bought a dwarf apple tree a couple of years ago, but so far it looks
like it has a higher growth habit, having now reached close to 3m
tall. The name tag identifies it as Sir Price. Perhaps it should
be more aptly called Surprise. Can you shed any light on the matter?
variety is likely to be Sir Prize - probably a spelling mistake
on the label.
All apple trees you buy
are grafted plants and the vigour as well as eventual size of the
tree is largely controlled by what rootstock the named variety is
grafted on to. So, for example, you could buy a Sir Prize tree on
a dwarfing rootstock (such as M9) which will probably grow slowly
to 2-3m. Or you could buy Sir Prize grafted on to a semi-dwarfing
rootstock (such as MM106) which would grow more vigorously and probably
end up 4m or more high.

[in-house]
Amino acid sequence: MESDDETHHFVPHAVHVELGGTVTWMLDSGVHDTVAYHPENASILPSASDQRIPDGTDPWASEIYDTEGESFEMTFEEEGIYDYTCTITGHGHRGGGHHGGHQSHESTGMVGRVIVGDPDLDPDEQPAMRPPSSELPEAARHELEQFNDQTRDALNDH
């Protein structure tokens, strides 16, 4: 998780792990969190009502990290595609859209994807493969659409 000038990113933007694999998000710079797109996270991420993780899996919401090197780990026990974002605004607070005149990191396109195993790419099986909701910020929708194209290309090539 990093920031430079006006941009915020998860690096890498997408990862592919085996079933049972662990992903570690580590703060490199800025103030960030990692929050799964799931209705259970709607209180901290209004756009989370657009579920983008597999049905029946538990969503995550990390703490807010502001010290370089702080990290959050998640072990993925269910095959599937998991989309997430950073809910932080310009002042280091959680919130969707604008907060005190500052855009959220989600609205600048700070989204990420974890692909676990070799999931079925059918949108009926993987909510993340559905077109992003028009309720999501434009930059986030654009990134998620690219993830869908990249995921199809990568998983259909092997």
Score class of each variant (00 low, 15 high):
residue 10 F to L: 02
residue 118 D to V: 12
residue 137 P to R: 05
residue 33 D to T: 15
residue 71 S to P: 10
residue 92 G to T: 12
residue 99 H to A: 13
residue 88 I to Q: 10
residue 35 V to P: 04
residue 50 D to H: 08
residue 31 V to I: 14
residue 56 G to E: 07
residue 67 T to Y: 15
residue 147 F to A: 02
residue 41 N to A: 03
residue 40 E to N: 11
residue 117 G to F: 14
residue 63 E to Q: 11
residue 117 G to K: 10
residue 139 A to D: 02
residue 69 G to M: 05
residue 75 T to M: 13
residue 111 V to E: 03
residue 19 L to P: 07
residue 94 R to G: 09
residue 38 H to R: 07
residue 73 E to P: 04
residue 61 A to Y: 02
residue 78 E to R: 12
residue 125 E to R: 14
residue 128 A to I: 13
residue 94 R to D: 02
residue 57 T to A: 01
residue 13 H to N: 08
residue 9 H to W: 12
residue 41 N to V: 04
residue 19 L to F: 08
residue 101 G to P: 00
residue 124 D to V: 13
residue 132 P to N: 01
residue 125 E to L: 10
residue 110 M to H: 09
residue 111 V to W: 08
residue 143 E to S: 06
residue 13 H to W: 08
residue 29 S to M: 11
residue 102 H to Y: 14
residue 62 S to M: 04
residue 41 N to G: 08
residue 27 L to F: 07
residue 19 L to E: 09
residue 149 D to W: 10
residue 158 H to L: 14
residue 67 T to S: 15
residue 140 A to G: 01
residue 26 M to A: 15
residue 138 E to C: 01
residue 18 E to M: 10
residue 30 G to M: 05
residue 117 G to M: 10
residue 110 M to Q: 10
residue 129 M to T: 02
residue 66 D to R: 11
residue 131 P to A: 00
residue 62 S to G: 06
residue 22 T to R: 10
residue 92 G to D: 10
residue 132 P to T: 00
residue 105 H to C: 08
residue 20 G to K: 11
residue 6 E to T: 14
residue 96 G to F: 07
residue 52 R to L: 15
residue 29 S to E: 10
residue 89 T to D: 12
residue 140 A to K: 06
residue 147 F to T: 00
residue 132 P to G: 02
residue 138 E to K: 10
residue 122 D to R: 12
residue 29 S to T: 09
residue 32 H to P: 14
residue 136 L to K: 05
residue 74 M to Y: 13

Other factors, like soil
conditions and local climate, will also make a difference, but it
sounds to me as if your Sir Prize is grafted on to a fairly vigorous
rootstock rather than a dwarfing one.
One thing you could
do in an attempt to restrict growth is cut back long shoots in mid-summer
rather than leave them to the normal pruning time of winter. You
can also reduce vigour by tying shoots down so they spread out more
horizontally rather than leaving them to head for the sky. This
slows growth and encourages better fruiting on overly vigorous trees.
Gardener, Issue 190, 2005, Page 25
Reproduced with permission from the former Weekend Gardener magazine. The views expressed here are not necessarily those of the RNZIH.